These public displays of keris-waving are small potatoes. The non-Malays were meant to see that. They knew the TV cameras were on and that what they said and did was being beamed live, straight into the living rooms of Malaysians. But what they talk behind closed doors would make even our First Prime Minister and Bapa Merdeka, Tunku Abdul Rahman, who in his days was accused of being a Chinese running dog who sold out the Malays, turn in his grave. Yes, the Tunku was ousted because he ‘gave in’ too much to the Chinese. But it was in the Tunku’s days that Malaysia was most peaceful, until someone came out with the ‘bright’ idea of how to unite the Malays under a common cause.

Can I be so bold as to say that in the Tunku’s days, the Malays were less religious? Not a single Malay senior government officer’s home did not have a bar, well-stocked with beer, brandy, whisky and wine that would make any pub turn green with envy. That was during the Merdeka era when you could admire the lovely legs of Malay women and when bare-back knee-length skirts were the ‘in’ thing. Miss Malaysia would be a sweet, young, Malay, lass in a bikini who would give the Chinese and Indian girls a run for their money -- until Pan-Asian girls appeared on the scene of course. Then we mixed-breed Eurasians beat the panties off the thoroughbreds. Hidup Pan-Asian!

Fifty years on and we celebrate our 50th anniversary of Merdeka. By now the Malays have become more religious. No longer will you find any bar in Malay homes. The army no longer toasts with wine but with syrup. And even then toasting, a western custom, is frowned upon. No longer can you get drunk with NAFI beer at fifty cents a can. You have to pay RM15 a glass at a pub and a crate of two dozen cans would be unaffordable for most Malaysians today.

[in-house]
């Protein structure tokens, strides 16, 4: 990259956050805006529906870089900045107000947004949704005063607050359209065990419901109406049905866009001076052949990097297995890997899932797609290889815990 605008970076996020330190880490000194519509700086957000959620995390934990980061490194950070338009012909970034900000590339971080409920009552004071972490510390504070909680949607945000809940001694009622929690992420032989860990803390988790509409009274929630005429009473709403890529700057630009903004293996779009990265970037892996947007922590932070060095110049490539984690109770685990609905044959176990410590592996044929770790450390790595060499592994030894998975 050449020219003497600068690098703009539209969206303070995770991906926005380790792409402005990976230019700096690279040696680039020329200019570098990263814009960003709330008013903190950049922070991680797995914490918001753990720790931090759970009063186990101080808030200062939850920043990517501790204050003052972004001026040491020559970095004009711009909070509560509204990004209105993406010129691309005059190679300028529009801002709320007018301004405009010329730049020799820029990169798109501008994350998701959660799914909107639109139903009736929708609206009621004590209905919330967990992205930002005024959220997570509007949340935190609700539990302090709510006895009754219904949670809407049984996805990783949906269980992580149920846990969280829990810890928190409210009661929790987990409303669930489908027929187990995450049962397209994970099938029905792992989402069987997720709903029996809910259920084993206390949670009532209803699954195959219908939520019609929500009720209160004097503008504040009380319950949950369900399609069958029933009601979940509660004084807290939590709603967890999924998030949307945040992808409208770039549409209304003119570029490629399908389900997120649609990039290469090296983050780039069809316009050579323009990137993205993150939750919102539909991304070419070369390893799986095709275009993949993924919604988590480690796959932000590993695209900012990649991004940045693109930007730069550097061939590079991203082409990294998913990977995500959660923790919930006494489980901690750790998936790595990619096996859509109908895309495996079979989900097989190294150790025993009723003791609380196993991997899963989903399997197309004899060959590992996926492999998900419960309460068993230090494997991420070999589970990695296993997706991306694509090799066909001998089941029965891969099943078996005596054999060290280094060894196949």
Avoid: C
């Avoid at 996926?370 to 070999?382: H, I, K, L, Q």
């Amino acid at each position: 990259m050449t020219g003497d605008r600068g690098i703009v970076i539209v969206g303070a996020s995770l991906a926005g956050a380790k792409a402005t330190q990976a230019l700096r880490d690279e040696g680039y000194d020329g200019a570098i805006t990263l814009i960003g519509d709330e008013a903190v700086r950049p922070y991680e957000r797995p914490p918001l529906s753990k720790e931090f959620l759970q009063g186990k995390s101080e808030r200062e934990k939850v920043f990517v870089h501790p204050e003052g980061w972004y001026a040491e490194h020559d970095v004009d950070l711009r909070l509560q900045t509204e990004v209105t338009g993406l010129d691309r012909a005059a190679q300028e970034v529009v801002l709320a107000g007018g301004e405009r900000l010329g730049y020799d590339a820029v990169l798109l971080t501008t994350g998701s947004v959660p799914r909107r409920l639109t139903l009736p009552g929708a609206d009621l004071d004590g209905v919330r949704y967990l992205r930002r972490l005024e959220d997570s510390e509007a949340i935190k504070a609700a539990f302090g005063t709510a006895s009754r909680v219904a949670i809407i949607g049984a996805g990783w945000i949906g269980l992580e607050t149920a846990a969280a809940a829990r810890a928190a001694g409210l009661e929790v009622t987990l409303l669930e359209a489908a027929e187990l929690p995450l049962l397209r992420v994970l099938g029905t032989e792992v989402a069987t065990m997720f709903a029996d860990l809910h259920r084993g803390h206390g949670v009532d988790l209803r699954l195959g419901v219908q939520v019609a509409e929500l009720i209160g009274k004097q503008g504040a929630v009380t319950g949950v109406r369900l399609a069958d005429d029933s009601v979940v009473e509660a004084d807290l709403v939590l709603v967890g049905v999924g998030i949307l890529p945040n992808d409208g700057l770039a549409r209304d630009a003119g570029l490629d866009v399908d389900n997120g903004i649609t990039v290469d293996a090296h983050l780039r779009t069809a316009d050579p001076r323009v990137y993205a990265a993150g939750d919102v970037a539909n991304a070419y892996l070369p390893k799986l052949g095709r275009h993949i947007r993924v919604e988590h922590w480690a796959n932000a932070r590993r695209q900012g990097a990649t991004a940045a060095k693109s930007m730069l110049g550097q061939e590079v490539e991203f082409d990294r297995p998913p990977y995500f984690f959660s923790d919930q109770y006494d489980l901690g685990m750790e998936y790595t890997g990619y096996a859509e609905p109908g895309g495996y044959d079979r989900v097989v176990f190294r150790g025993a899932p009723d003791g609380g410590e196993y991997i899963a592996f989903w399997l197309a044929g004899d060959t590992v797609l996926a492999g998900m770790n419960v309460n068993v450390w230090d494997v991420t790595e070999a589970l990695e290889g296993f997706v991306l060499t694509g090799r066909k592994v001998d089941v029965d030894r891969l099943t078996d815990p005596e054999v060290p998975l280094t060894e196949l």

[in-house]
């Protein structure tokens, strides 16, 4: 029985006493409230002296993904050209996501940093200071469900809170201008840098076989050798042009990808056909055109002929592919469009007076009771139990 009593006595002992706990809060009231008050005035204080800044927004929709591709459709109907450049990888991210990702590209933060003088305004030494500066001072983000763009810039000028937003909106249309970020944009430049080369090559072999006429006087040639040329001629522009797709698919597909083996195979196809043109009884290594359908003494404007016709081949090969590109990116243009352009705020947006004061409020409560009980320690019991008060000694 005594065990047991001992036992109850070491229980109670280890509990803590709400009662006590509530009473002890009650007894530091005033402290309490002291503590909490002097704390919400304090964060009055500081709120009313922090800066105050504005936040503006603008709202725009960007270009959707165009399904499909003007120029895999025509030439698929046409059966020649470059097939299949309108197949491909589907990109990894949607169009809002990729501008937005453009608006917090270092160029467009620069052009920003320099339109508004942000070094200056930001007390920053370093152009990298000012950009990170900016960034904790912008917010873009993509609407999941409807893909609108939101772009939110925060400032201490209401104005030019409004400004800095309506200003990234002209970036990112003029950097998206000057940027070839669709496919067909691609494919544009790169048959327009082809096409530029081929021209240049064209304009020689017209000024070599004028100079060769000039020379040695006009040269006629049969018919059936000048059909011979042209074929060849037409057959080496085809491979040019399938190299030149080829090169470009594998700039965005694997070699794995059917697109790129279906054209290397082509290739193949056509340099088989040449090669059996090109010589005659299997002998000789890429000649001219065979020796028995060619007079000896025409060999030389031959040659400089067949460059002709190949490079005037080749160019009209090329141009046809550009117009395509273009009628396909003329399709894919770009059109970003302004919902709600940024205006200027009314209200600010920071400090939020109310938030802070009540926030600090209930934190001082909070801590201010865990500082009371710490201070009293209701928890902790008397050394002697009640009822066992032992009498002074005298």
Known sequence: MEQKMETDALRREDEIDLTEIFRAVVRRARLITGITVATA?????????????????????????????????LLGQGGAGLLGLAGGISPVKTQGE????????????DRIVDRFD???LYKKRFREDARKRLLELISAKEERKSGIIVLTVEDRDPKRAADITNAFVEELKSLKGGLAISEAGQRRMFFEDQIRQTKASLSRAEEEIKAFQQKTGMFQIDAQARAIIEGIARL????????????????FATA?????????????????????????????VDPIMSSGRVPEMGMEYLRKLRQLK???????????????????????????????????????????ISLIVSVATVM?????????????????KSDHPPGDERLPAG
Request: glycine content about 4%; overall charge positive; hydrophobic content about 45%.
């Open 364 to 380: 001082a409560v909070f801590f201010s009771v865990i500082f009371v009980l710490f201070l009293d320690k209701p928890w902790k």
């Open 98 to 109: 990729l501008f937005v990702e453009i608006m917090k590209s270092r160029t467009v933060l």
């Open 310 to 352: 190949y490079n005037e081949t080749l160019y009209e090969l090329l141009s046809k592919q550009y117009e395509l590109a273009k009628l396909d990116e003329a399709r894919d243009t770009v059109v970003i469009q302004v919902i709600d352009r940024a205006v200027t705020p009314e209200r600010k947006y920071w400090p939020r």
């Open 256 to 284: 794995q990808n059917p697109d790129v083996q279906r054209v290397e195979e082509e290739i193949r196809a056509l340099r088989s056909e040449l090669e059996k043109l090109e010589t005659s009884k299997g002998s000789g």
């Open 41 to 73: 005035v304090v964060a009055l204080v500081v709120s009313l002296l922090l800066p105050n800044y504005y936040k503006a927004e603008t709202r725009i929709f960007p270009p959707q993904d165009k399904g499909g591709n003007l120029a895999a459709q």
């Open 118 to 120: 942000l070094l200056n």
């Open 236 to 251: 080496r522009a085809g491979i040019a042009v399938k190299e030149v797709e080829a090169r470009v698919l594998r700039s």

But that is good. Malays have discarded their jahiliyah days or era of ignorance. Malays are now more Islamic. And Malays are told that we must not celebrate Christmas or wish the Chinese or Indians Kong Hee Fatt Choy or Happy Deepavali as this goes against Islamic teachings. Why, therefore, is Prime Minister Abdullah Ahmad Badawi saying what he said, as reported by the mainstream media? Does he not know what he is saying goes against what Islam stands for, at least according to what the religious people tell us? Or is this a case of saying one thing to the non-Muslims and another to the Muslims? I suppose this is what politics is all about. You have to tailor your statements to suit the audience. And what Abdullah said was meant for the non-Malay ears, not for the Malays.

They say everyone goes through various stages of changes in their life and I suppose I am no exception. If I was asked to sum up my different stages of change, I would probably divide my life into three parts. The first part, the first 27 years of my life, would be what Malays (and Muslims as well) would call the jahil (ignorant) stage. That was when I did not pray, never for one minute stopped to think about God, drank beer, played Gin Rummy, and indulged in all form and manner of ‘sin’ that you can think of. Somehow, the consumption of pork was never one of those ‘sins’ though, for whatever reason I still can’t figure out until today.